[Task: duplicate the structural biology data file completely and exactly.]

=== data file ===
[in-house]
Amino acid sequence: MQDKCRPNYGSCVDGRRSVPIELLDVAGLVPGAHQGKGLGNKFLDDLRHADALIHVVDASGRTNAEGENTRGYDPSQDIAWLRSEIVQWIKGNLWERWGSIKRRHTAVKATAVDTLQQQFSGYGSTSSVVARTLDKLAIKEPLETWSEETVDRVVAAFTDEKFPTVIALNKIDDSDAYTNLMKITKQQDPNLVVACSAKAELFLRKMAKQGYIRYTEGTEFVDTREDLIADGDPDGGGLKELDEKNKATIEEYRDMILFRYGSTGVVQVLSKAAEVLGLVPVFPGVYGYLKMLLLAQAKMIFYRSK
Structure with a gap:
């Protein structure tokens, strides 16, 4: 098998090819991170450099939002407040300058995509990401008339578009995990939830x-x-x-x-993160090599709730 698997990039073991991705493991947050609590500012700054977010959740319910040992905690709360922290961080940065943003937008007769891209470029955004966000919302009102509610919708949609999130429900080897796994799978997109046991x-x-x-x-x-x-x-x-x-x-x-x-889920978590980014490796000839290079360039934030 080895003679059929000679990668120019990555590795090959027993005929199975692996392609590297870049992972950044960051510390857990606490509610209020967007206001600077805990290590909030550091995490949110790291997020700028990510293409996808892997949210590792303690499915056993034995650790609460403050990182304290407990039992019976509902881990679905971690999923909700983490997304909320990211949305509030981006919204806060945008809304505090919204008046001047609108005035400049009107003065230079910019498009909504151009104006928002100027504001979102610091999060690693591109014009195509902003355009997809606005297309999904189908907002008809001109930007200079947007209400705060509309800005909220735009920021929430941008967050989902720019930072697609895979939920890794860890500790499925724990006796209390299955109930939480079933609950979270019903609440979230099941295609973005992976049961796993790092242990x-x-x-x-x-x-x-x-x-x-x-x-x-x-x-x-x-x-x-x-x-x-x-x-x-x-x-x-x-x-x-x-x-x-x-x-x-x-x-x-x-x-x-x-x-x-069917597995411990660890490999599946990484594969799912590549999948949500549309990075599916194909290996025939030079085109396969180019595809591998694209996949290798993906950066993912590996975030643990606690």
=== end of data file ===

[in-house]
Amino acid sequence: MQDKCRPNYGSCVDGRRSVPIELLDVAGLVPGAHQGKGLGNKFLDDLRHADALIHVVDASGRTNAEGENTRGYDPSQDIAWLRSEIVQWIKGNLWERWGSIKRRHTAVKATAVDTLQQQFSGYGSTSSVVARTLDKLAIKEPLETWSEETVDRVVAAFTDEKFPTVIALNKIDDSDAYTNLMKITKQQDPNLVVACSAKAELFLRKMAKQGYIRYTEGTEFVDTREDLIADGDPDGGGLKELDEKNKATIEEYRDMILFRYGSTGVVQVLSKAAEVLGLVPVFPGVYGYLKMLLLAQAKMIFYRSK
Structure with a gap:
């Protein structure tokens, strides 16, 4: 098998090819991170450099939002407040300058995509990401008339578009995990939830x-x-x-x-993160090599709730 698997990039073991991705493991947050609590500012700054977010959740319910040992905690709360922290961080940065943003937008007769891209470029955004966000919302009102509610919708949609999130429900080897796994799978997109046991x-x-x-x-x-x-x-x-x-x-x-x-889920978590980014490796000839290079360039934030 080895003679059929000679990668120019990555590795090959027993005929199975692996392609590297870049992972950044960051510390857990606490509610209020967007206001600077805990290590909030550091995490949110790291997020700028990510293409996808892997949210590792303690499915056993034995650790609460403050990182304290407990039992019976509902881990679905971690999923909700983490997304909320990211949305509030981006919204806060945008809304505090919204008046001047609108005035400049009107003065230079910019498009909504151009104006928002100027504001979102610091999060690693591109014009195509902003355009997809606005297309999904189908907002008809001109930007200079947007209400705060509309800005909220735009920021929430941008967050989902720019930072697609895979939920890794860890500790499925724990006796209390299955109930939480079933609950979270019903609440979230099941295609973005992976049961796993790092242990x-x-x-x-x-x-x-x-x-x-x-x-x-x-x-x-x-x-x-x-x-x-x-x-x-x-x-x-x-x-x-x-x-x-x-x-x-x-x-x-x-x-x-x-x-x-069917597995411990660890490999599946990484594969799912590549999948949500549309990075599916194909290996025939030079085109396969180019595809591998694209996949290798993906950066993912590996975030643990606690």